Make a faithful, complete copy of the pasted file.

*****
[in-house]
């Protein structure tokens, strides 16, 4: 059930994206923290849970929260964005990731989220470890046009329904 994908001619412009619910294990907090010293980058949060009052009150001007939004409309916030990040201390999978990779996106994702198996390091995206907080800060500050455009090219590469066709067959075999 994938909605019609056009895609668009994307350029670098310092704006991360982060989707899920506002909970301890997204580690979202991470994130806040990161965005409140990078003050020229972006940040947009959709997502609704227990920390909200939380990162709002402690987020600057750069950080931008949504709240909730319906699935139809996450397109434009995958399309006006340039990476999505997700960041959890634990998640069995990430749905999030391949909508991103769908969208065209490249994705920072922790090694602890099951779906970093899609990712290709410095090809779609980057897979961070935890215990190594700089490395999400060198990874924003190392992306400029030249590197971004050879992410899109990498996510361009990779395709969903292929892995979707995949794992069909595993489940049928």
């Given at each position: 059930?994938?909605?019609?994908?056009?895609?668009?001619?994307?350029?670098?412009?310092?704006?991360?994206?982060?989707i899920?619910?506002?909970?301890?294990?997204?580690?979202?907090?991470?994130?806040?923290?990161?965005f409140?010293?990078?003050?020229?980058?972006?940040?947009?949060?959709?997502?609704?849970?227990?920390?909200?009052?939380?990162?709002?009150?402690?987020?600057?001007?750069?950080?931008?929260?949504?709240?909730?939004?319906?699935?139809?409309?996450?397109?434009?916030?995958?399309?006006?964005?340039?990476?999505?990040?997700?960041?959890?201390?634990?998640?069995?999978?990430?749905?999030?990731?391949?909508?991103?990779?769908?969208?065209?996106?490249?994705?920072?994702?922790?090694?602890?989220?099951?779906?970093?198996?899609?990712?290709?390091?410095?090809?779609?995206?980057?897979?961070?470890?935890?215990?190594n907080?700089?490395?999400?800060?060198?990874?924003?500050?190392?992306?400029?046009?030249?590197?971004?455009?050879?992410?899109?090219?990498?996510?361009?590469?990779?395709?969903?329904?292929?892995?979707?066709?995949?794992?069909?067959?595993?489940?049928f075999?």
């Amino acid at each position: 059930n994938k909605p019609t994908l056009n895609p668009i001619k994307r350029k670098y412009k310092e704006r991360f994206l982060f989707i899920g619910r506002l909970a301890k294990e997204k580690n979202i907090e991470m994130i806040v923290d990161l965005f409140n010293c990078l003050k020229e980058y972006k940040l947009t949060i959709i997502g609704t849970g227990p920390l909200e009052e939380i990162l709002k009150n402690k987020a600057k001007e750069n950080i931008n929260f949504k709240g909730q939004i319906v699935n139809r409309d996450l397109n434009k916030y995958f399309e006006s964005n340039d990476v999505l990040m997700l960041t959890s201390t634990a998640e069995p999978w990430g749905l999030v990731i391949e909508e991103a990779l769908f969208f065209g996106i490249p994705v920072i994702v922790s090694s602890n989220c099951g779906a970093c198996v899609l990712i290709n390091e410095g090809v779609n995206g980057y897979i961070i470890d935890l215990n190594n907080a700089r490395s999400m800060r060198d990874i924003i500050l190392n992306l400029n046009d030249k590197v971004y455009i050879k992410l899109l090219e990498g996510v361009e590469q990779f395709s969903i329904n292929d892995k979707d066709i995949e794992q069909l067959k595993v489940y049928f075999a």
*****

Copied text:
[in-house]
């Protein structure tokens, strides 16, 4: 059930994206923290849970929260964005990731989220470890046009329904 994908001619412009619910294990907090010293980058949060009052009150001007939004409309916030990040201390999978990779996106994702198996390091995206907080800060500050455009090219590469066709067959075999 994938909605019609056009895609668009994307350029670098310092704006991360982060989707899920506002909970301890997204580690979202991470994130806040990161965005409140990078003050020229972006940040947009959709997502609704227990920390909200939380990162709002402690987020600057750069950080931008949504709240909730319906699935139809996450397109434009995958399309006006340039990476999505997700960041959890634990998640069995990430749905999030391949909508991103769908969208065209490249994705920072922790090694602890099951779906970093899609990712290709410095090809779609980057897979961070935890215990190594700089490395999400060198990874924003190392992306400029030249590197971004050879992410899109990498996510361009990779395709969903292929892995979707995949794992069909595993489940049928």
């Given at each position: 059930?994938?909605?019609?994908?056009?895609?668009?001619?994307?350029?670098?412009?310092?704006?991360?994206?982060?989707i899920?619910?506002?909970?301890?294990?997204?580690?979202?907090?991470?994130?806040?923290?990161?965005f409140?010293?990078?003050?020229?980058?972006?940040?947009?949060?959709?997502?609704?849970?227990?920390?909200?009052?939380?990162?709002?009150?402690?987020?600057?001007?750069?950080?931008?929260?949504?709240?909730?939004?319906?699935?139809?409309?996450?397109?434009?916030?995958?399309?006006?964005?340039?990476?999505?990040?997700?960041?959890?201390?634990?998640?069995?999978?990430?749905?999030?990731?391949?909508?991103?990779?769908?969208?065209?996106?490249?994705?920072?994702?922790?090694?602890?989220?099951?779906?970093?198996?899609?990712?290709?390091?410095?090809?779609?995206?980057?897979?961070?470890?935890?215990?190594n907080?700089?490395?999400?800060?060198?990874?924003?500050?190392?992306?400029?046009?030249?590197?971004?455009?050879?992410?899109?090219?990498?996510?361009?590469?990779?395709?969903?329904?292929?892995?979707?066709?995949?794992?069909?067959?595993?489940?049928f075999?």
């Amino acid at each position: 059930n994938k909605p019609t994908l056009n895609p668009i001619k994307r350029k670098y412009k310092e704006r991360f994206l982060f989707i899920g619910r506002l909970a301890k294990e997204k580690n979202i907090e991470m994130i806040v923290d990161l965005f409140n010293c990078l003050k020229e980058y972006k940040l947009t949060i959709i997502g609704t849970g227990p920390l909200e009052e939380i990162l709002k009150n402690k987020a600057k001007e750069n950080i931008n929260f949504k709240g909730q939004i319906v699935n139809r409309d996450l397109n434009k916030y995958f399309e006006s964005n340039d990476v999505l990040m997700l960041t959890s201390t634990a998640e069995p999978w990430g749905l999030v990731i391949e909508e991103a990779l769908f969208f065209g996106i490249p994705v920072i994702v922790s090694s602890n989220c099951g779906a970093c198996v899609l990712i290709n390091e410095g090809v779609n995206g980057y897979i961070i470890d935890l215990n190594n907080a700089r490395s999400m800060r060198d990874i924003i500050l190392n992306l400029n046009d030249k590197v971004y455009i050879k992410l899109l090219e990498g996510v361009e590469q990779f395709s969903i329904n292929d892995k979707d066709i995949e794992q069909l067959k595993v489940y049928f075999a």